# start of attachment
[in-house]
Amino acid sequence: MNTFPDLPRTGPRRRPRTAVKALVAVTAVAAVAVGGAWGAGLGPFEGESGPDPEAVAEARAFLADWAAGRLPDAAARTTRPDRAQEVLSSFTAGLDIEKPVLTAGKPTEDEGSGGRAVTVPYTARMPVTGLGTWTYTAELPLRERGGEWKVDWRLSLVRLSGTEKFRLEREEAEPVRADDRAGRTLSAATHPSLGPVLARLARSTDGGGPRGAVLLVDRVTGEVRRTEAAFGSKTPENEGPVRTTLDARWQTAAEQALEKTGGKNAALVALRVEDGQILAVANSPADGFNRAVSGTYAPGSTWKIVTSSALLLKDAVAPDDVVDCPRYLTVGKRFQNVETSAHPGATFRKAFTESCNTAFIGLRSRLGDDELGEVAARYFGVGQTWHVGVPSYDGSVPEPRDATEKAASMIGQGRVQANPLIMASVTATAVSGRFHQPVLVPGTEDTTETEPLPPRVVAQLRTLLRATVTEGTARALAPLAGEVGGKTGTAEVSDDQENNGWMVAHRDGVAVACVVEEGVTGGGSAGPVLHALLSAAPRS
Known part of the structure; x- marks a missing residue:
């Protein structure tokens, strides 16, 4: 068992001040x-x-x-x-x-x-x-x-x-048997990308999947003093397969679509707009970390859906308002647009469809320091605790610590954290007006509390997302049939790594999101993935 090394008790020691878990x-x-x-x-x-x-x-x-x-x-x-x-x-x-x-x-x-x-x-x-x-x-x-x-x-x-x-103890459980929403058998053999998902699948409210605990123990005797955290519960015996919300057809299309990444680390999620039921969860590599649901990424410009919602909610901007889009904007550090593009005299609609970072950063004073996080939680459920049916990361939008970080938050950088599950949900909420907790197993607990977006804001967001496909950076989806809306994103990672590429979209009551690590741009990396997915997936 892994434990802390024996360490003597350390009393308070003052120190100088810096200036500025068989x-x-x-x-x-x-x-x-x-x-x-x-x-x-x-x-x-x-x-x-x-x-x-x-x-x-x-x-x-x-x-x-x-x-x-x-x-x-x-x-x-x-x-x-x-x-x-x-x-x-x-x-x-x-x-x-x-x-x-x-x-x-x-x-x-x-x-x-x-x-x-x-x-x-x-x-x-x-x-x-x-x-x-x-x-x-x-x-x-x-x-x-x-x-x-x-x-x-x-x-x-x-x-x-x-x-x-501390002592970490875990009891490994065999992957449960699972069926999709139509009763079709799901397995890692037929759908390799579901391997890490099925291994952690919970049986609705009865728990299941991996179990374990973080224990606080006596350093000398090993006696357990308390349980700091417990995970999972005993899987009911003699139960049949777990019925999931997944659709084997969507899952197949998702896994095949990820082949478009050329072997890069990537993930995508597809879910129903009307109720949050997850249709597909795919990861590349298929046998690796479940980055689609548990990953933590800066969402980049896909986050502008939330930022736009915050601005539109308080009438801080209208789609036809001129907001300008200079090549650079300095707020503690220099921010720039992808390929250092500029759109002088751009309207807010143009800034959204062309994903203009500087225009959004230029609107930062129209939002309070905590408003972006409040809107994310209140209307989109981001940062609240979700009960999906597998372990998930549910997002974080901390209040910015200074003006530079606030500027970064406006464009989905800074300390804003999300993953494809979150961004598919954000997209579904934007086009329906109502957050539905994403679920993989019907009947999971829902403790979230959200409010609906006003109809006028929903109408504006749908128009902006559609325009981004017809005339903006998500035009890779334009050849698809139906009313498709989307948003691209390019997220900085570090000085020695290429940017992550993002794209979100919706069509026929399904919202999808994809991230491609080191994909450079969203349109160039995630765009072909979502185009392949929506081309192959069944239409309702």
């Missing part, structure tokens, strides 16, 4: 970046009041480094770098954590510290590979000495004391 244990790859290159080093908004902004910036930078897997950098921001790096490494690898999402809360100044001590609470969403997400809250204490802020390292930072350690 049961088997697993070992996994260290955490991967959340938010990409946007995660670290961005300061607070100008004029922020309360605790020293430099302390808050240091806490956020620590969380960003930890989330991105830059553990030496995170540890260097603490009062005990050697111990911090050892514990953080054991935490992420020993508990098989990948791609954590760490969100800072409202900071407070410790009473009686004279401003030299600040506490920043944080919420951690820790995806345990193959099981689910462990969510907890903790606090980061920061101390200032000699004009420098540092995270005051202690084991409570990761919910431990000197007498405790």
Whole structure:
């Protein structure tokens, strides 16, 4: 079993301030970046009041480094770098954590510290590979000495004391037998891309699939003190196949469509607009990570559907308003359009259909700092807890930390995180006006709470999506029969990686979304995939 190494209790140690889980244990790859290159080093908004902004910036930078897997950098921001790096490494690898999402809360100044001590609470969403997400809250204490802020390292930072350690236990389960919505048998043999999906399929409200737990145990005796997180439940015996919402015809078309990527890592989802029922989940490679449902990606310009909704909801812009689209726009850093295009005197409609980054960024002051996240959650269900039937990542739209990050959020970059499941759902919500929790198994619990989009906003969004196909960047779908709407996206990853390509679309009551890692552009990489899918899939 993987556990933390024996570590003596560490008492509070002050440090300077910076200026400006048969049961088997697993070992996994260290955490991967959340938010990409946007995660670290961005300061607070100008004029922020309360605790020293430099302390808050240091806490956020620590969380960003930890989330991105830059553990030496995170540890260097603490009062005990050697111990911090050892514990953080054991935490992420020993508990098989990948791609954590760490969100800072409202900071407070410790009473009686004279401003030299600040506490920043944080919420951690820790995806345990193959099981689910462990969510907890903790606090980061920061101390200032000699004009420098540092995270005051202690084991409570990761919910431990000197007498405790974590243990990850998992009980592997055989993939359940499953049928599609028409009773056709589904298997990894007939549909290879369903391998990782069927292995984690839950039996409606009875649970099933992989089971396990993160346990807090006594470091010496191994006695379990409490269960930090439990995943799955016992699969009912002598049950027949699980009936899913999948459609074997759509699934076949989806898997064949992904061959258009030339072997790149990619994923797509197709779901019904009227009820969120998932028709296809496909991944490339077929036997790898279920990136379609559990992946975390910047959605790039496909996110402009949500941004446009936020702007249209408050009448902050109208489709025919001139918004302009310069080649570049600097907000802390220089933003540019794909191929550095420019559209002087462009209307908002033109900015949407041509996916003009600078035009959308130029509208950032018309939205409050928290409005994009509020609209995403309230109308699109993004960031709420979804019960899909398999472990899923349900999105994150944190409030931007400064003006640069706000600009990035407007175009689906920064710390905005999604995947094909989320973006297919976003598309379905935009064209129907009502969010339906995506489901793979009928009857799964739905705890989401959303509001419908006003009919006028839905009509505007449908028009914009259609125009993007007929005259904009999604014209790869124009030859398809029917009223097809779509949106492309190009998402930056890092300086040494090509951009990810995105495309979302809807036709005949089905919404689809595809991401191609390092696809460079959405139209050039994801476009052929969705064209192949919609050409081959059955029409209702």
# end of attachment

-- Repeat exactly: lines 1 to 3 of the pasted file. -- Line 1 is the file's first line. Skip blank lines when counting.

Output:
[in-house]
Amino acid sequence: MNTFPDLPRTGPRRRPRTAVKALVAVTAVAAVAVGGAWGAGLGPFEGESGPDPEAVAEARAFLADWAAGRLPDAAARTTRPDRAQEVLSSFTAGLDIEKPVLTAGKPTEDEGSGGRAVTVPYTARMPVTGLGTWTYTAELPLRERGGEWKVDWRLSLVRLSGTEKFRLEREEAEPVRADDRAGRTLSAATHPSLGPVLARLARSTDGGGPRGAVLLVDRVTGEVRRTEAAFGSKTPENEGPVRTTLDARWQTAAEQALEKTGGKNAALVALRVEDGQILAVANSPADGFNRAVSGTYAPGSTWKIVTSSALLLKDAVAPDDVVDCPRYLTVGKRFQNVETSAHPGATFRKAFTESCNTAFIGLRSRLGDDELGEVAARYFGVGQTWHVGVPSYDGSVPEPRDATEKAASMIGQGRVQANPLIMASVTATAVSGRFHQPVLVPGTEDTTETEPLPPRVVAQLRTLLRATVTEGTARALAPLAGEVGGKTGTAEVSDDQENNGWMVAHRDGVAVACVVEEGVTGGGSAGPVLHALLSAAPRS
Known part of the structure; x- marks a missing residue: